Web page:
We have such a firmament of fieldsports organisations and associations that the term itself can become meaningless. When companies use the word ‘Association’ as a way of plugging, say, their .22 range at game fairs, it’s easy to become cynical about the term. We recognise those associations that provide a true, rounded service to the shooting industry, and tend to dismiss any others as unworthy newcomers.

We’ll have to put that prejudice aside for the Scottish Association for Country Sports, which – helmed by Alex Stoddart – exhibits real ambition to make a difference to the fortunes of field sports across the UK and, what’s more, to challenge us in those areas where we have been apathetic. “The road to hell is paved with good intentions,” Alex says “Particularly on social media, there are lots of people who want to help and so write posts that are well-meaning but off-message in the context of our work and the work of other shooting organisations. Some organisations are also guilty of inactivity or pursuing dead-ends and red-herrings. It’s a difficult path to tread effectively.

“Now people are beginning to wake up to the threats facing our community, the best thing they can do is get in touch with their membership organisation and ask what the current position is and how they can help. Don’t make assumptions without checking the facts. And if you aren’t a member of a representative body, you are part of the problem, not the solution.”

Though SACS has Scottish in its name, Alex says that the not-for-profit fieldsports and shooting advocacy organisation is UK-wide. The largest of its kind in Scotland and Northern Ireland, it has several thousand members in England and Wales, though Alex admits the name does put off a chunk of potential members south of Hadrian’s Wall. “Many people still do not know about SACS,” he says. “This is partly our fault, because the Association has never actively promoted itself – we spend more time looking after members than trying to recruit more. In addition, many people outside of Scotland haven’t looked past the first word in our name, and assume we are a small, local organisation with little influence where it matters.

“Nothing could be further from the truth. We maintain a local attitude, but we sit and influence at all levels from devolved administrations to the EU. For example, SACS is responsible for ‘practice’ being added to Firearms Certificates.”

landscapeAlex only started officially in his role just over a year ago, but he comes from a field sports background, describing his prior career as being “dragged away by business interests.” And he’s plain-speaking about how he got into the role: “A friend showed me an advert in the shooting press back in 2013; I had never heard of SACS, but it sounded like an interesting opportunity to move back home and work in the fieldsports community, which I love. It had been a struggle for the management committee to find a suitable candidate with strong business management skills as well as the necessary legal knowledge and practical field sports experience. I went for an interview and here I am.”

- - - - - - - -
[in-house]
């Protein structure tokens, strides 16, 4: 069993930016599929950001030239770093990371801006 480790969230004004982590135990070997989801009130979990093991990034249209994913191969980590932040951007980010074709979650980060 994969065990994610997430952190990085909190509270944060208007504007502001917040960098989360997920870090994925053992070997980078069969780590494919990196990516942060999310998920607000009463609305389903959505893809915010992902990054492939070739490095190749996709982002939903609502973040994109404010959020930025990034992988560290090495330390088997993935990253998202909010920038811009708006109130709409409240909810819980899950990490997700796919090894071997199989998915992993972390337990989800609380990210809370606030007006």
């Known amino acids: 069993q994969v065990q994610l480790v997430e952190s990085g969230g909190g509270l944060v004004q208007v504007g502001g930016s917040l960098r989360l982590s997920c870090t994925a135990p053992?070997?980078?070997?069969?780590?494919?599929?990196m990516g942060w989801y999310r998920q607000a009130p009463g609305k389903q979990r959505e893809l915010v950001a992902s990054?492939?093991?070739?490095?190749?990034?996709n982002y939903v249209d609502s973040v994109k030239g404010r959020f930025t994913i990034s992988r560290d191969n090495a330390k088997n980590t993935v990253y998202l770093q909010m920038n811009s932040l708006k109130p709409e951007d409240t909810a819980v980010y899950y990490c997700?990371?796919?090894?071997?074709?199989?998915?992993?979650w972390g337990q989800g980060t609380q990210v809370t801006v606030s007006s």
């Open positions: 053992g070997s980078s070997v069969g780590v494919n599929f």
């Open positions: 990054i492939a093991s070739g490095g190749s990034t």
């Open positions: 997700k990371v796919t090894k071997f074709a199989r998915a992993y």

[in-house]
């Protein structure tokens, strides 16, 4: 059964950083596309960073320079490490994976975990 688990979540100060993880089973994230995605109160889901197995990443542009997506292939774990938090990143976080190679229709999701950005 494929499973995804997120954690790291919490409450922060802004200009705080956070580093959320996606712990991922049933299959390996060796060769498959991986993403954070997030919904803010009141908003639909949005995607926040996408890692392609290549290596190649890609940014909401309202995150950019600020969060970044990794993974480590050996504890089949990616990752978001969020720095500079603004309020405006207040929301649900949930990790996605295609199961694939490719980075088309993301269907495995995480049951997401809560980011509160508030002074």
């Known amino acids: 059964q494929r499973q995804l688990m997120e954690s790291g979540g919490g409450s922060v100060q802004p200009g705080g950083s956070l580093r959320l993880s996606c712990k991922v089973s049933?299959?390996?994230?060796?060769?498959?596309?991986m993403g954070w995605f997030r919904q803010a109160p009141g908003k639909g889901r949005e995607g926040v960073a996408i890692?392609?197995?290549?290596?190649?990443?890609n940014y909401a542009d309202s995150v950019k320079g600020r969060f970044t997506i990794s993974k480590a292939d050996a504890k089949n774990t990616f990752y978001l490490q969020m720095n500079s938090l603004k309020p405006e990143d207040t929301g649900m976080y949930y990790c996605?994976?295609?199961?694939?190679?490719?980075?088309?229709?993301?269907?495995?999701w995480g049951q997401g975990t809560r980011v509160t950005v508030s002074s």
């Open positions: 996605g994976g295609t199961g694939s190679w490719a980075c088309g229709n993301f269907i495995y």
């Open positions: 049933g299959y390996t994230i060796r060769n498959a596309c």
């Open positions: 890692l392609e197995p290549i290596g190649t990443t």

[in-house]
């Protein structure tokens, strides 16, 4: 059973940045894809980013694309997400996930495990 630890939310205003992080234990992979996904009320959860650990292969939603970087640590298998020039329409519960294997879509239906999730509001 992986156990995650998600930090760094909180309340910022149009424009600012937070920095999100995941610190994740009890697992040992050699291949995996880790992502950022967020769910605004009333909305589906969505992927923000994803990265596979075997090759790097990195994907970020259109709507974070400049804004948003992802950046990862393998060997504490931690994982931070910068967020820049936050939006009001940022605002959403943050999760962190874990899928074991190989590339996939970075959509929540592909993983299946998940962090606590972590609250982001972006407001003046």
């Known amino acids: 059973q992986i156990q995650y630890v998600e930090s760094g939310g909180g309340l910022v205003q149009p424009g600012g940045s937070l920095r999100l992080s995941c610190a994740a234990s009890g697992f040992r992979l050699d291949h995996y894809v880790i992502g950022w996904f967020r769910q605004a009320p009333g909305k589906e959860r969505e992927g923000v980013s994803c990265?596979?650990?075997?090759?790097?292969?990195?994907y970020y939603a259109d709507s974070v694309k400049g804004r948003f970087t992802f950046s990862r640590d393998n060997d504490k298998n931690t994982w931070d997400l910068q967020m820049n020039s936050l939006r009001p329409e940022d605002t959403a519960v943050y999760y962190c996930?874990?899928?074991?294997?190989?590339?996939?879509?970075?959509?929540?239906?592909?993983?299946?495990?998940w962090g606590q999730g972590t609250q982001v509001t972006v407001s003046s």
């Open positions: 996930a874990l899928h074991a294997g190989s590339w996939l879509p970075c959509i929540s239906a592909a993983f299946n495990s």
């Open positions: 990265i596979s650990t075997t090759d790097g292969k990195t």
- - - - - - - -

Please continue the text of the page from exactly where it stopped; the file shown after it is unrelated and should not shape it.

SACS’ deceptively simple role is to promote and protect its members’ rights. Alex says, “in the modern political context, success in our work necessitates tenacity, intelligence, pragmatism, empathy, professionalism and the ability to negotiate without losing ground. We possess all of these qualities and more, while maintaining coal-face experience that ensures we are authentic and truly part of the membership we represent.

“Everyone in the UK field sports world will see and hear more of us in the coming months and years, as we continue to grow rapidly and word of our positive ethos and hard work spreads.”

Especially in Scotland, the threats to shooting are undeniably mounting, whether it’s airgun licensing or land reform to sporting estates. Alex is clear that not all these problems stem from Westminster – some are of our own making. “The biggest challenge has two heads: the cycle of ignorance perpetuated by the public, the media and vote-hungry, venal politicians; and the apathy of our own community.

“Most people are disconnected from nature and the sporting use of firearms. Politicians want to win votes, so they say what they think the public wants to hear. With more urban dwellers and the rise of social media, the situation has worsened. SACS is active in promoting field sports where it counts, but it can be a struggle when people can’t be bothered or don’t want to stick their heads above the parapet. We are now at a march-or-die position – no excuses, we need to stand together. We all need to make hay while the sun shines by spreading positive news stories, unassailable facts, and encouraging and supporting new entrants to our way of life.”

That constitutes a varied brief for SACS – which is reflected when Alex describes his personal contribution to the organisation. “I could be in the office dealing with member cases involving firearms licensing, in London contributing to the work of the BSSC or meeting with MEPs, in Northern Ireland dealing with policing policy, at our accountants or insurance brokers, or running a DMQ course. The only constant is the early starts and late finishes; the volume and complexity of my work often requires me to work into the evenings and weekends on behalf of our members. This is a vocation, not a job.”


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